When diners take a seat at restaurant dining sets, they’re expecting to
be wowed by the menu. Because of this,
countless eateries across the country have been consistently expanding their
menu choices. The idea that more is
better seemed to have become an absolute truth in the food and beverage
industry. Many restaurateurs, however,
have begun to realize the folly of this belief. As it turns out, there are a variety of reasons that, when it comes to
restaurant menus, sometimes less really is more.
1. Faster Service
A simplistic understanding of running a restaurant would dictate that
10 meals from a menu will take the same amount of time as 10 similar meals on
another menu. In actuality, this is far
from the truth. If a restaurant’s menu
has 30 items, cooks have to deal with the potential of switching between each
of these items to make different customers happy.
If the number of items is increased to 50, though, a cook’s job
suddenly becomes more difficult. He or
she must now deal with going back and forth between meals that could be
incredibly dissimilar. A smaller menu
reduces complexity, and this not only makes it easier for patrons at the
restaurant dining sets to order, it simplifies the life of the cook.
By reducing the number of items on a menu, more space is left for
descriptions of dishes. Fortunately,
studies have shown that consumers are willing to pay more for a particular dish
if it has a great description on the menu. Freeing up this space can make every entree sound more appealing.
3. Increased Profits
Having a smaller menu can also help increase the profitability of an
eatery. As mentioned, individuals at the
bar tables and restaurant booths will get their food faster thanks to a simpler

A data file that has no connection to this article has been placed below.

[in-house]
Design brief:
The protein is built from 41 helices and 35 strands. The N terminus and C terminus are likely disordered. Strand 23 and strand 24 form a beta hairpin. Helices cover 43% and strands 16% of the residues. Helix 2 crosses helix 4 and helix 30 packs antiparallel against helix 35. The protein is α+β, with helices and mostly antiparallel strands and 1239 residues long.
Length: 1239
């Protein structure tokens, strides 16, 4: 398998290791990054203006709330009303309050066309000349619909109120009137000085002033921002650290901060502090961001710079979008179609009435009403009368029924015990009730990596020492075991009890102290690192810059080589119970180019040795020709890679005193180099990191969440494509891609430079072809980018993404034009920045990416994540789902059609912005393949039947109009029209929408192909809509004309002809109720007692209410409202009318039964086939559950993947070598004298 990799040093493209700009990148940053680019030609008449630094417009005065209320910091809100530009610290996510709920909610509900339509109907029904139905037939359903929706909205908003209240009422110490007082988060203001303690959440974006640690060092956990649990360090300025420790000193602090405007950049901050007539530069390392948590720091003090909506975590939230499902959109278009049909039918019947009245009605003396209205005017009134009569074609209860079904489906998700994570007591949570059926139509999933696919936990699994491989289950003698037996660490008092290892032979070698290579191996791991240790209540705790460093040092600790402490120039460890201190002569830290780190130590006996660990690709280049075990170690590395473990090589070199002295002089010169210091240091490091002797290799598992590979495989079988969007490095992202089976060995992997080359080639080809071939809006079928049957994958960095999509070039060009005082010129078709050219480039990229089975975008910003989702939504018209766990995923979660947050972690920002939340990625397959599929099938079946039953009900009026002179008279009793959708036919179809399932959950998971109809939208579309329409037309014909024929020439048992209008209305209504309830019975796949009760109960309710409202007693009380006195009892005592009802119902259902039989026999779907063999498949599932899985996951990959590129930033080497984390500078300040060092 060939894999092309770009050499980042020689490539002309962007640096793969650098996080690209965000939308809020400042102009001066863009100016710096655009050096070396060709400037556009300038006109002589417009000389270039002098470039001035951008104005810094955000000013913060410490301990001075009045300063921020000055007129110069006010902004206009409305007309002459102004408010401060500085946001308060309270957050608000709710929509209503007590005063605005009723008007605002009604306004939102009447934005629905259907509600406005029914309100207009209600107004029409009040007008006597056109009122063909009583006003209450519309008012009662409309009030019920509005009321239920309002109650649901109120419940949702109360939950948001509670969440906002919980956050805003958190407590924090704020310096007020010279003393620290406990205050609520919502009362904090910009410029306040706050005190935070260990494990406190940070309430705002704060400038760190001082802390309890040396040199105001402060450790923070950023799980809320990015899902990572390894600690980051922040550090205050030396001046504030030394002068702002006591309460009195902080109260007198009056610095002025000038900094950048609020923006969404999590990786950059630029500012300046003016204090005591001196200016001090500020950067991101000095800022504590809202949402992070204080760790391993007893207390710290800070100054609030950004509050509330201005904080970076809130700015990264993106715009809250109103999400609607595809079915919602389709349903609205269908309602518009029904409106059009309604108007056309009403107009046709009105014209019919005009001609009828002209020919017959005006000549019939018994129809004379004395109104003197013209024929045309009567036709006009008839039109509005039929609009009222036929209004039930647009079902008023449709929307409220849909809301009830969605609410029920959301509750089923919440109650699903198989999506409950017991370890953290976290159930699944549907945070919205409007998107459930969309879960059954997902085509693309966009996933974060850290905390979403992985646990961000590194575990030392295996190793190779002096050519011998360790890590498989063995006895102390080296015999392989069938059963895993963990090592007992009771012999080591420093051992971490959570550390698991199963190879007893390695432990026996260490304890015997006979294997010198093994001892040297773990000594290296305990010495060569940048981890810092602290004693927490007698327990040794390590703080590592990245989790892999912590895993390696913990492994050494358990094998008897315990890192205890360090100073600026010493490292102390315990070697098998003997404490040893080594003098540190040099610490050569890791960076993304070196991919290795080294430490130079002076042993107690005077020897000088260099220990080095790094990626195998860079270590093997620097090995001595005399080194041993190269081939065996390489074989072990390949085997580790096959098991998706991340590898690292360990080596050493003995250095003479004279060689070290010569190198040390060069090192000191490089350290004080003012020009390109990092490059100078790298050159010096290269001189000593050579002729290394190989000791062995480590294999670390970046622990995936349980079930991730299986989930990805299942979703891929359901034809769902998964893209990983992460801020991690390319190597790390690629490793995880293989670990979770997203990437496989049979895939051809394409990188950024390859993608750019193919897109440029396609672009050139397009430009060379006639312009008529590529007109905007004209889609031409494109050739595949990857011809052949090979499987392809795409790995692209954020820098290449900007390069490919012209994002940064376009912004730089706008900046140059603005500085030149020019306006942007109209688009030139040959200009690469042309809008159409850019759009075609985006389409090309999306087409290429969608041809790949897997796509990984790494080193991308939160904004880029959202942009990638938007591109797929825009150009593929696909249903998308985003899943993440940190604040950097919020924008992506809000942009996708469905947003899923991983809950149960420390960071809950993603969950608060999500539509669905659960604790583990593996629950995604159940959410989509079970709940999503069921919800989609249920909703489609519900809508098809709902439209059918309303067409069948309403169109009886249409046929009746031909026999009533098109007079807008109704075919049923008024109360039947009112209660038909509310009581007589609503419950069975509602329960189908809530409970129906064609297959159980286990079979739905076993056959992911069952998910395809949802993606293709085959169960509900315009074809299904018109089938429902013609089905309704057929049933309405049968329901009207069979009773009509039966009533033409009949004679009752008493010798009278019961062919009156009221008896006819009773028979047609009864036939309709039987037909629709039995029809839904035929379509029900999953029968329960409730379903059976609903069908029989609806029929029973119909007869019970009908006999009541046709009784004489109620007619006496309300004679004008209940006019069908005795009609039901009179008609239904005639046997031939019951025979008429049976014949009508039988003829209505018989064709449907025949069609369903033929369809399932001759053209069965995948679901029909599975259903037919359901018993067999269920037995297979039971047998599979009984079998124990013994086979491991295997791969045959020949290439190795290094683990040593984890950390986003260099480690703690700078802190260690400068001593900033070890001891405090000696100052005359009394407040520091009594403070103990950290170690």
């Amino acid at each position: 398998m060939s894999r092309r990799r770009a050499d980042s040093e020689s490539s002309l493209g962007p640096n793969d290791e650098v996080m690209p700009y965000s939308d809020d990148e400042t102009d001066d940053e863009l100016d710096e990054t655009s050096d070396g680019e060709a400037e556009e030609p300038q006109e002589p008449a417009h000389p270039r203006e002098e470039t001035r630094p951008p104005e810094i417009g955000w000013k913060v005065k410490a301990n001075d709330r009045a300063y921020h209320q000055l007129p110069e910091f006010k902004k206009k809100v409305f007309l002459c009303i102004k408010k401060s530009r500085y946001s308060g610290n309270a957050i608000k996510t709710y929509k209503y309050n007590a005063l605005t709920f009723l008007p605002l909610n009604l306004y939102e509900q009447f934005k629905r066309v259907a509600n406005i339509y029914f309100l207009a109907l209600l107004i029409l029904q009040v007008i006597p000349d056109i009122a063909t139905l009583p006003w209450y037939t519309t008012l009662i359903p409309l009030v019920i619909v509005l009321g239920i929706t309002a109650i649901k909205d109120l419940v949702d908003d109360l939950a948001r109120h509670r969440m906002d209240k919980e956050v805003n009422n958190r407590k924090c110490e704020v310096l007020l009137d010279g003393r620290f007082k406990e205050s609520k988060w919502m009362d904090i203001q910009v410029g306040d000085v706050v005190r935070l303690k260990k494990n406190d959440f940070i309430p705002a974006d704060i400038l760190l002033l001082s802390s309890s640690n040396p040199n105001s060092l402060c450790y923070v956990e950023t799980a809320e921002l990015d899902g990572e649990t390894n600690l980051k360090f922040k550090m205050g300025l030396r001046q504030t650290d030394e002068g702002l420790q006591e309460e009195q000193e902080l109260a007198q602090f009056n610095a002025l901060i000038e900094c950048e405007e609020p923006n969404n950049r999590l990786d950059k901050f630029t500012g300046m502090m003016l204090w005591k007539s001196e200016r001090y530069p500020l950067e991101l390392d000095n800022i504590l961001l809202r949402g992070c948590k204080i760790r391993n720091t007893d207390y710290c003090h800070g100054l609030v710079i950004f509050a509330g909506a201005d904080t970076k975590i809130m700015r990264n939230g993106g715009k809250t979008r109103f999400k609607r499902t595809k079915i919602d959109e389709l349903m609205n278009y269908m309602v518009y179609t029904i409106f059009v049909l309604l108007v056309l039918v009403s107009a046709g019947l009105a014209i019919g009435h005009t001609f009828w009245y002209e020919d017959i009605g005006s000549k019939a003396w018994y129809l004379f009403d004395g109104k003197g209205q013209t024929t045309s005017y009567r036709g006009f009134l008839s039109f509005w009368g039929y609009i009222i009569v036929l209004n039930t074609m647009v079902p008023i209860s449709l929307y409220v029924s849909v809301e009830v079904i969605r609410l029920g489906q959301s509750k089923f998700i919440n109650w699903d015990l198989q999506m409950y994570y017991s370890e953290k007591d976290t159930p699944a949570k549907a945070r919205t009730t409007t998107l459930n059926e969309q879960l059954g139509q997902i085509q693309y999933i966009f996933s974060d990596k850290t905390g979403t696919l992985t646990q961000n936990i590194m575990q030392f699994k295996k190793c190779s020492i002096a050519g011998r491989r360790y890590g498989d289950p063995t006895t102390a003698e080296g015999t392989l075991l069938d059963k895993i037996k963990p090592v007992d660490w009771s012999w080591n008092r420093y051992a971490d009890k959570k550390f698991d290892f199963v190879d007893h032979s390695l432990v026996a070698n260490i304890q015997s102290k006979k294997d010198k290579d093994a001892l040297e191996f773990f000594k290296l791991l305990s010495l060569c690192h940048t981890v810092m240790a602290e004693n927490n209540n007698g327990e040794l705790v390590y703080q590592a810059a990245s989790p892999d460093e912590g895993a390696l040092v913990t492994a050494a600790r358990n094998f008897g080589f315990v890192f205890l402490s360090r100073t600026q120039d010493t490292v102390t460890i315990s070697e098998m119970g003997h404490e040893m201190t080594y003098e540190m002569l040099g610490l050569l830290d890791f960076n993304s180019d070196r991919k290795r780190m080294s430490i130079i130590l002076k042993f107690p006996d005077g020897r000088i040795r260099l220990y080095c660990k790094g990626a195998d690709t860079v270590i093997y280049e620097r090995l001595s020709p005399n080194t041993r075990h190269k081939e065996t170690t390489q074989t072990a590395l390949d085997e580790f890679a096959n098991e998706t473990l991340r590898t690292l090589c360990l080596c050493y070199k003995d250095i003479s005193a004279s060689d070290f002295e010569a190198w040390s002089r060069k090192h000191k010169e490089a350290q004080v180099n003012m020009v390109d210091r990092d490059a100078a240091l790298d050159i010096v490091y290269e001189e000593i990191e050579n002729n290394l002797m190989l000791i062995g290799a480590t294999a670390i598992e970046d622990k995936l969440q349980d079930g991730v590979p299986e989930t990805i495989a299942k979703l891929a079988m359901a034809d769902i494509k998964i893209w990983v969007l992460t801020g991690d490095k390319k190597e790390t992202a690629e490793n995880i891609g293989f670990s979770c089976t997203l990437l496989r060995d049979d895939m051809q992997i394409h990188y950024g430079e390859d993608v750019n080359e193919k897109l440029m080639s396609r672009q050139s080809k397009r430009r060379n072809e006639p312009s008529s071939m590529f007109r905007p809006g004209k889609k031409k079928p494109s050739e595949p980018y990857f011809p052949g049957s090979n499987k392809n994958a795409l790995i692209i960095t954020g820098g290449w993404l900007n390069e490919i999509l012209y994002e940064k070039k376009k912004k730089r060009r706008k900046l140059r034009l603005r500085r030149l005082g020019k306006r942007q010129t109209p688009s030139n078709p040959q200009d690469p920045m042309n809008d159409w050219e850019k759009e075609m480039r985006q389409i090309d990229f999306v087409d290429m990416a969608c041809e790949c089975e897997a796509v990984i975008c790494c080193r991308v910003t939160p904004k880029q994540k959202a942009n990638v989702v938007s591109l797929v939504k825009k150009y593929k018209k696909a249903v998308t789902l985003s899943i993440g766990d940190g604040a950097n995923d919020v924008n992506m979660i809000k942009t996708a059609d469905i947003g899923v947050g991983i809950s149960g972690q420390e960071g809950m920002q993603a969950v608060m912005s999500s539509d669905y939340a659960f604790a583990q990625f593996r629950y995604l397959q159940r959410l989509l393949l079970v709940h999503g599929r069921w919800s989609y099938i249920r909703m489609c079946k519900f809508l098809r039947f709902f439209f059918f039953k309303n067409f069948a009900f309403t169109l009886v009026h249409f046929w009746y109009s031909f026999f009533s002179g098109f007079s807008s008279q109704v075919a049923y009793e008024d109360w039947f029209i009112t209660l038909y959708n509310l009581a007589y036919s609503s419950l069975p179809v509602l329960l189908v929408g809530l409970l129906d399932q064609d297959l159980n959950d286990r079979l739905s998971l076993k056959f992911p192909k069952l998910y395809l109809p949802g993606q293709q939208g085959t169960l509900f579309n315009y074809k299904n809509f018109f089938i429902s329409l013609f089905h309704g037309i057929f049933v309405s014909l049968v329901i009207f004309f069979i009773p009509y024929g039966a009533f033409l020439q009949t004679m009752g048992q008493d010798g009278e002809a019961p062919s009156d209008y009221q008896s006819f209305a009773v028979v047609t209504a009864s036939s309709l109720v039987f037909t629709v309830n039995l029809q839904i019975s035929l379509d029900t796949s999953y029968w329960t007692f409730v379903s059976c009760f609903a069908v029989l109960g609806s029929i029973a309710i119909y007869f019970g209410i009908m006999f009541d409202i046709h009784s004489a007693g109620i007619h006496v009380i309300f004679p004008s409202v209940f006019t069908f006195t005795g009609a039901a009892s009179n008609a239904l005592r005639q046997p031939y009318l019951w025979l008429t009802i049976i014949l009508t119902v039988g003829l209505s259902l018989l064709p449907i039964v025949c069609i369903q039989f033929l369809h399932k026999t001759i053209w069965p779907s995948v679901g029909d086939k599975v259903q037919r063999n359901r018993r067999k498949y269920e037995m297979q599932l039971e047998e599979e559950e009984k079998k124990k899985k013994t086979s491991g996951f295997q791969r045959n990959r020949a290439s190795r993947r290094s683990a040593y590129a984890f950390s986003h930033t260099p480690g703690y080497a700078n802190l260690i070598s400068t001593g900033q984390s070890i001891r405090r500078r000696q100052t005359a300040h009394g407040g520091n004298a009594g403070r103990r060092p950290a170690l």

menu. This showcases a level of good
service, and it makes it more likely that patrons will come back.
There are other ways, though, in which this small change can bring in
more money. When purchasing food items,
for instance, restaurateurs won’t have to purchase as large of a variety. In turn, this reduces the likelihood that
something will go bad because it didn’t get used in time. Just because a menu has more options, doesn’t
mean it creates more revenue.
4. Allows for Specialization
In addition to bringing in more profits and faster service,
smaller menus also allow restaurants to specialize in a certain area of
cuisine. Instead of being decent in many
areas, an eatery can be exceptional in a few. While this might not seem like a good way to bring in patrons with
diverse tastes, many restaurants have shown the system works.
Raising Cane’s and Shake Shack, for instance, have only 16 and 36 items
on their menus, respectively. Even with
fewer options, however, both saw tremendous growth over recent years. Most customers no longer choose which
restaurants’ dining sets to sit at based on the number of options. They want quality, and specialization is the
way to accomplish that.